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Breonna Taylor's family says justice has failed

September 26, 2020

The family of Breonna Taylor has said laws in the US are "not made to protect Black people," and called for protests to continue until the police officer who shot her faces charges.

 Tamika Palmer, Breonna Taylor's mother, at a rally in Louisville
Image: Darron Cummings/dpa/picture-alliance

The family of Breonna Taylor spoke in front of a crowd in Louisville, Kentucky on Friday and condemned the US state's attorney general for failing to convict three police officers Wednesday for Taylor's death during a drug raid in March.

"I was reassured Wednesday of why I have no faith in the legal system, in the police, in the laws that are not made to protect us Black and brown people," Taylor's aunt Bianca Austin read in a statement written by Taylor's mother, Tamika Palmer. 

Read moreUS: Police officer charged over Breonna Taylor raid — but not for her death

The family's attorney, Ben Crump, also asked the prosecutor in the case to release transcripts of the grand jury proceedings, to demonstrate if anyone spoke on Taylor's behalf.

Kentucky attorney general Daniel Cameron
Breonna Taylor's mother said Kentucky Attorney General Daniel Cameron was "too inexperienced"Image: Timothy D. Easley/AP/picture-alliance/

Kentucky Attorney General Daniel Cameron, the southern state's first Black attorney general, has said the investigation showed officers acted in self-defense.

Palmer's statement accused Cameron of being "too inexperienced to deal with a job of this caliber." 

Taylor, a Black medical worker in the southern US city, was shot multiple times by police officers after her boyfriend — allegedly fearing an intruder — shot at them when they entered the home with a warrant unannounced. The person the officers were looking for did not live at the house and no drugs were found.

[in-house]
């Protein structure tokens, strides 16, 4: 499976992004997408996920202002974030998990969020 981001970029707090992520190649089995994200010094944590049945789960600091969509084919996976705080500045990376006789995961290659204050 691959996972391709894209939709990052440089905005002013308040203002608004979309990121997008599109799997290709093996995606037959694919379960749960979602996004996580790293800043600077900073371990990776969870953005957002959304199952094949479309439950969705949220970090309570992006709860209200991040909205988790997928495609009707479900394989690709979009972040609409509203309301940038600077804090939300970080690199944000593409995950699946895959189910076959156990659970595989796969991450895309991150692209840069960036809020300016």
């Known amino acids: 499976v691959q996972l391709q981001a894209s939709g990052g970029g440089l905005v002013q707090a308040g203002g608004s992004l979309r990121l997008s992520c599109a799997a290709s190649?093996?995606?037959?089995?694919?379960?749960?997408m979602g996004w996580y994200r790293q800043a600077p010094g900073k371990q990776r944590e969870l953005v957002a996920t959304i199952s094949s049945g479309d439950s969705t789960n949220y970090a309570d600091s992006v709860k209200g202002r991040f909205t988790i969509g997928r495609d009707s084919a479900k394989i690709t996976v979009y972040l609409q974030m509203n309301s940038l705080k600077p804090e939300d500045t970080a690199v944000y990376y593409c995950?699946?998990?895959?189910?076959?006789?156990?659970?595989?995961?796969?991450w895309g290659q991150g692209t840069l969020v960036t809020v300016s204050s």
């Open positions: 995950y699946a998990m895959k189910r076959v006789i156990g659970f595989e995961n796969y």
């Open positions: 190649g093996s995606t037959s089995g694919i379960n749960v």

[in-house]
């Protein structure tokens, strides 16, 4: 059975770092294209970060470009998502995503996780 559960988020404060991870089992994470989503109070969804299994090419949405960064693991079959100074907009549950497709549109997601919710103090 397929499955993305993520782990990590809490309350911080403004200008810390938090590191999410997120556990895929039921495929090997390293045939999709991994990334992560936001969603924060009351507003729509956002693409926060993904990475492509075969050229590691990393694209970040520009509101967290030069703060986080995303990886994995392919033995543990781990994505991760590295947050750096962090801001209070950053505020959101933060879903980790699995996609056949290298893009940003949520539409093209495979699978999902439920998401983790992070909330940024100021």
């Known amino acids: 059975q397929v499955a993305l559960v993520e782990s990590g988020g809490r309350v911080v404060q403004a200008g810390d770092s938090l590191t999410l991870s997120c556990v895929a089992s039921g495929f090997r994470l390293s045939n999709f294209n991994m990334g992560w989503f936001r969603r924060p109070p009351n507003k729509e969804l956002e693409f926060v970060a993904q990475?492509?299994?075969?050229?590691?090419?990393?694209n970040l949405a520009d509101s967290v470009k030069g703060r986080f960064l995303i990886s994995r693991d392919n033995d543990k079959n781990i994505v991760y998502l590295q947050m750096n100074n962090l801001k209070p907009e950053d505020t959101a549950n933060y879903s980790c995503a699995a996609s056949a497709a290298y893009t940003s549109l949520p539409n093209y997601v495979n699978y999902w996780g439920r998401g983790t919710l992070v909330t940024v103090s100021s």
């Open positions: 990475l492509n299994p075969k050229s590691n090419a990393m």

'Our Black women keep dying'

The case and lack of conviction has sparked protests in cities across the US, where unrest over a national debate on racial justice continues.

Activists with movements like Black Lives Matter say too many Black Americans are killed by police officers who aren't punished for their actions.  

"When I speak on it, I'm considered an angry Black woman. But know this, I am an angry Black woman," Palmer wrote in the statement read by Austin.

"But I am not angry for the reasons that you would like me to be, but angry because our Black women keep dying at the hands of police officers."

Protests continue

Louisville police on Friday reported at least 24 arrests following a second night of unrest. Activists said the protests will continue until the officers have been charged.

Police said those arrested were charged with unlawful assembly, failure to disperse, and rioting.

Read moreUS: Deadly shooting at Black Lives Matter protest in Louisville, Kentucky

In the violent demonstrations in Louisville immediately after the grand jury decision on Wednesday, two police officers were shot, and are expected to recover.

The man charged with shooting the officers has pled not guilty. His attorney said the area where the shootings occoured was a "war zone," adding it was difficult to "pinpoint" if his client fired the shots.

A prosecutor said a gun was recovered from Johnson and there are video and witness accounts of the shooting.

wmr/sri (AP, dpa)